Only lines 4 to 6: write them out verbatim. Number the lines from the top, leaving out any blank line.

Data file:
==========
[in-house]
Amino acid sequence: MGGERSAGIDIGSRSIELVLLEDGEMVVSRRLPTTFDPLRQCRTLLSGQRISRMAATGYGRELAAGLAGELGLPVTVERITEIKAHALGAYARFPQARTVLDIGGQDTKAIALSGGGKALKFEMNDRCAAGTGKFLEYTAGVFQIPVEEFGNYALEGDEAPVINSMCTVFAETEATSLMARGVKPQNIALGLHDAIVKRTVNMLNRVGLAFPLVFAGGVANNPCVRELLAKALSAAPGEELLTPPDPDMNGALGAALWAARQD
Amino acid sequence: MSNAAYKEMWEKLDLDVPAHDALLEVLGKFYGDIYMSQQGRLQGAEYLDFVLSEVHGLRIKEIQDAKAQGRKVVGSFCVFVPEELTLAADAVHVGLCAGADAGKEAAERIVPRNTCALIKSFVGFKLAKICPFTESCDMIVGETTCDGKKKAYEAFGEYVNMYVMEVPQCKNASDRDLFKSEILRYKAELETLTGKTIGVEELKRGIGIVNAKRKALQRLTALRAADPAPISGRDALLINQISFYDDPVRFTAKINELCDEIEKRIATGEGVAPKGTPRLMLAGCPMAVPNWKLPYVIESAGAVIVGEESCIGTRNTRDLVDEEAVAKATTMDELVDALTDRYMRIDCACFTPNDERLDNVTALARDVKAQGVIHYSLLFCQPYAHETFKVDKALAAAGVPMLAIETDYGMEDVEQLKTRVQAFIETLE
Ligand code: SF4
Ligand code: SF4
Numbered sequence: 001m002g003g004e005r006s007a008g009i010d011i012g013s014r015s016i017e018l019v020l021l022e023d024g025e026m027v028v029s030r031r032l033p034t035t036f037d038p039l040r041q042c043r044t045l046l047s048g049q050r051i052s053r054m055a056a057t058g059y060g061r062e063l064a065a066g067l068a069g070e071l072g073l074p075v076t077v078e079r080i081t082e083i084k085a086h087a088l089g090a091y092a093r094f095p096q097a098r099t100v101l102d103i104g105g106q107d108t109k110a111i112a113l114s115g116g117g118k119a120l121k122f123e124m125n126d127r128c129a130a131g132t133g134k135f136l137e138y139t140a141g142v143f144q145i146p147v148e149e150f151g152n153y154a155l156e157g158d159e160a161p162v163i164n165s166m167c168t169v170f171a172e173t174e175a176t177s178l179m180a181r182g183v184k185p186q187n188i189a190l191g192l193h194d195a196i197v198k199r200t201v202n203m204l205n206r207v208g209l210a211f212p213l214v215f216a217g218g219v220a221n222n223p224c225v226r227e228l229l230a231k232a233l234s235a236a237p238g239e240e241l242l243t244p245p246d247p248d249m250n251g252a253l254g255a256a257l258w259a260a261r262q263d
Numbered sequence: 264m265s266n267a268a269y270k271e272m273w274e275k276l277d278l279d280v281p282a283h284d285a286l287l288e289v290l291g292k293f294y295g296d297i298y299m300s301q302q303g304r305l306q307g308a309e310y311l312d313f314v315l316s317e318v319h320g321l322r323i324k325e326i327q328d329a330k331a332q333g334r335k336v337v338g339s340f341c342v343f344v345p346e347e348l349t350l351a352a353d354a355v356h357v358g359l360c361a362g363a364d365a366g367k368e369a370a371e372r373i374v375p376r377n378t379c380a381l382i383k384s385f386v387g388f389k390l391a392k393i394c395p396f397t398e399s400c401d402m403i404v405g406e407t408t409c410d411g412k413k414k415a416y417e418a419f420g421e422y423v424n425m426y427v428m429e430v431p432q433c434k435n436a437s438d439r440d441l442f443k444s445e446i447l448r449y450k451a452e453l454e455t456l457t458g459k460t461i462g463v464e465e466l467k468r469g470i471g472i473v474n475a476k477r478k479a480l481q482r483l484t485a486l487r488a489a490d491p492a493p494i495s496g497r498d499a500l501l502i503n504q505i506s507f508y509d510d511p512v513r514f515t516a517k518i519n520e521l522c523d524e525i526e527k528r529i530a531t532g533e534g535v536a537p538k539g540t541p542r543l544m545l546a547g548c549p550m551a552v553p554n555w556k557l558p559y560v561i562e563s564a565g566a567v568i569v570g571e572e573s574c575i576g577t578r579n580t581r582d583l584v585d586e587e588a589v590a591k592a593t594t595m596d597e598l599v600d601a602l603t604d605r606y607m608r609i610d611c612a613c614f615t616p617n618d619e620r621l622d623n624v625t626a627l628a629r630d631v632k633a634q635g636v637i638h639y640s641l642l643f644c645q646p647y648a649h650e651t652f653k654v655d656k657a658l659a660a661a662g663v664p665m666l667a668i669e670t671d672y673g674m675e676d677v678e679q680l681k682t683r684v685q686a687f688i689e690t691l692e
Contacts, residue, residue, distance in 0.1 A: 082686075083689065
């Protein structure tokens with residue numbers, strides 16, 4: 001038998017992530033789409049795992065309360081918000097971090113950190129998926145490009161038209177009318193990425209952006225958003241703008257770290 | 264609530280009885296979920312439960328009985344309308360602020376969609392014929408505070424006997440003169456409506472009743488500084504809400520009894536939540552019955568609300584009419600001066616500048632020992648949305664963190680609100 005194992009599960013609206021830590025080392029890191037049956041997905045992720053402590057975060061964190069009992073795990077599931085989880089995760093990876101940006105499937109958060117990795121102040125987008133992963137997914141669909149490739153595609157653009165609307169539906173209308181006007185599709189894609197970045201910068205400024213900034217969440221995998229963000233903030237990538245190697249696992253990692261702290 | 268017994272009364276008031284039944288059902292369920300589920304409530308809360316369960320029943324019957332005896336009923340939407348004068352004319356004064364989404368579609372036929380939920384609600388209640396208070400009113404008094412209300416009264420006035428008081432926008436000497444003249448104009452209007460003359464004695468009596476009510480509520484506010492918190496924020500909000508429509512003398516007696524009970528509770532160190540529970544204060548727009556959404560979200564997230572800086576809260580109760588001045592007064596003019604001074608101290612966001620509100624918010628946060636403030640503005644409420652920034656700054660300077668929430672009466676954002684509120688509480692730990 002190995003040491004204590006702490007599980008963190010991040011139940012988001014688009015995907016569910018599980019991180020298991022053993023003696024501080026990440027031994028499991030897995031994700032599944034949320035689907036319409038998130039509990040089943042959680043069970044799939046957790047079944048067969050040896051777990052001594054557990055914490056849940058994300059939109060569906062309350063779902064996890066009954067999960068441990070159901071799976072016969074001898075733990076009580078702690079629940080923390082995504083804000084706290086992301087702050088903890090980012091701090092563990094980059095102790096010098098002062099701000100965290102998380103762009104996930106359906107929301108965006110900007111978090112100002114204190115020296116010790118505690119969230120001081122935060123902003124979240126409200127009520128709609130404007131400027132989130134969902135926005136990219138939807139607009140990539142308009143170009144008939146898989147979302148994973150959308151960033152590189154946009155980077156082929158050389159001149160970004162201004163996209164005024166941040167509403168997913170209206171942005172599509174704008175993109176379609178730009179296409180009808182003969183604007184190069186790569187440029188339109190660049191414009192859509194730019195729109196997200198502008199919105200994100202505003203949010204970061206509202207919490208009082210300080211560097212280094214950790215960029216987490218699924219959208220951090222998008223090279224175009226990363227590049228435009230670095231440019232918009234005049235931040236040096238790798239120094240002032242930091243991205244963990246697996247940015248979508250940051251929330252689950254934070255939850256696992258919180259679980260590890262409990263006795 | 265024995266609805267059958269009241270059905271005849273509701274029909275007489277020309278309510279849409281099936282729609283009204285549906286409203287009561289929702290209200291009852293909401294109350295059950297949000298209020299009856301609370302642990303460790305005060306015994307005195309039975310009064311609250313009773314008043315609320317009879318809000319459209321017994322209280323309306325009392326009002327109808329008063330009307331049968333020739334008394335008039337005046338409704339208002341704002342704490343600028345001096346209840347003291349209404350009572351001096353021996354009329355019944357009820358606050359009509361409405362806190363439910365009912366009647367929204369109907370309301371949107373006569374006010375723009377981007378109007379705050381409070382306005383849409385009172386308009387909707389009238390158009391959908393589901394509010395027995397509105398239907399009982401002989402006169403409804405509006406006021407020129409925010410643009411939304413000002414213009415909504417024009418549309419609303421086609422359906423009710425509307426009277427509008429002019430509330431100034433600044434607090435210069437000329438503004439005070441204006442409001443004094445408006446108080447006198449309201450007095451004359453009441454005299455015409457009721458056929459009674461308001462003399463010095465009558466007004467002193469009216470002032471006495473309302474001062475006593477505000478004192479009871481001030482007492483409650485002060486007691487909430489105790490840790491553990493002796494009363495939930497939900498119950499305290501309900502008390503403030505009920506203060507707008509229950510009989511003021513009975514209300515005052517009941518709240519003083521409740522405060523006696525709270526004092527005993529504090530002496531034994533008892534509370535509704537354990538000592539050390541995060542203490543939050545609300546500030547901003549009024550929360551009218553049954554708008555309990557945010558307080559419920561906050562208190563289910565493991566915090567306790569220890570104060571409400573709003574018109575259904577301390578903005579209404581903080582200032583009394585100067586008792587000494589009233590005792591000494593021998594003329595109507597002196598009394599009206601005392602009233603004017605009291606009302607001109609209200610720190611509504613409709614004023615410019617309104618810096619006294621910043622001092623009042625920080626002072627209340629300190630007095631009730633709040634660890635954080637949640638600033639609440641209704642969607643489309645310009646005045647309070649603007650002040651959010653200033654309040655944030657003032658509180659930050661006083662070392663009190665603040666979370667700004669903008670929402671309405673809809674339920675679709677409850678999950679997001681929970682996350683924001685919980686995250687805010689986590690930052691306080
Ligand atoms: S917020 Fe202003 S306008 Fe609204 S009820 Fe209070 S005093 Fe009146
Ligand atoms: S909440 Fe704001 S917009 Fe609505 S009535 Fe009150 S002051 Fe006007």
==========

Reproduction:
Ligand code: SF4
Ligand code: SF4
Numbered sequence: 001m002g003g004e005r006s007a008g009i010d011i012g013s014r015s016i017e018l019v020l021l022e023d024g025e026m027v028v029s030r031r032l033p034t035t036f037d038p039l040r041q042c043r044t045l046l047s048g049q050r051i052s053r054m055a056a057t058g059y060g061r062e063l064a065a066g067l068a069g070e071l072g073l074p075v076t077v078e079r080i081t082e083i084k085a086h087a088l089g090a091y092a093r094f095p096q097a098r099t100v101l102d103i104g105g106q107d108t109k110a111i112a113l114s115g116g117g118k119a120l121k122f123e124m125n126d127r128c129a130a131g132t133g134k135f136l137e138y139t140a141g142v143f144q145i146p147v148e149e150f151g152n153y154a155l156e157g158d159e160a161p162v163i164n165s166m167c168t169v170f171a172e173t174e175a176t177s178l179m180a181r182g183v184k185p186q187n188i189a190l191g192l193h194d195a196i197v198k199r200t201v202n203m204l205n206r207v208g209l210a211f212p213l214v215f216a217g218g219v220a221n222n223p224c225v226r227e228l229l230a231k232a233l234s235a236a237p238g239e240e241l242l243t244p245p246d247p248d249m250n251g252a253l254g255a256a257l258w259a260a261r262q263d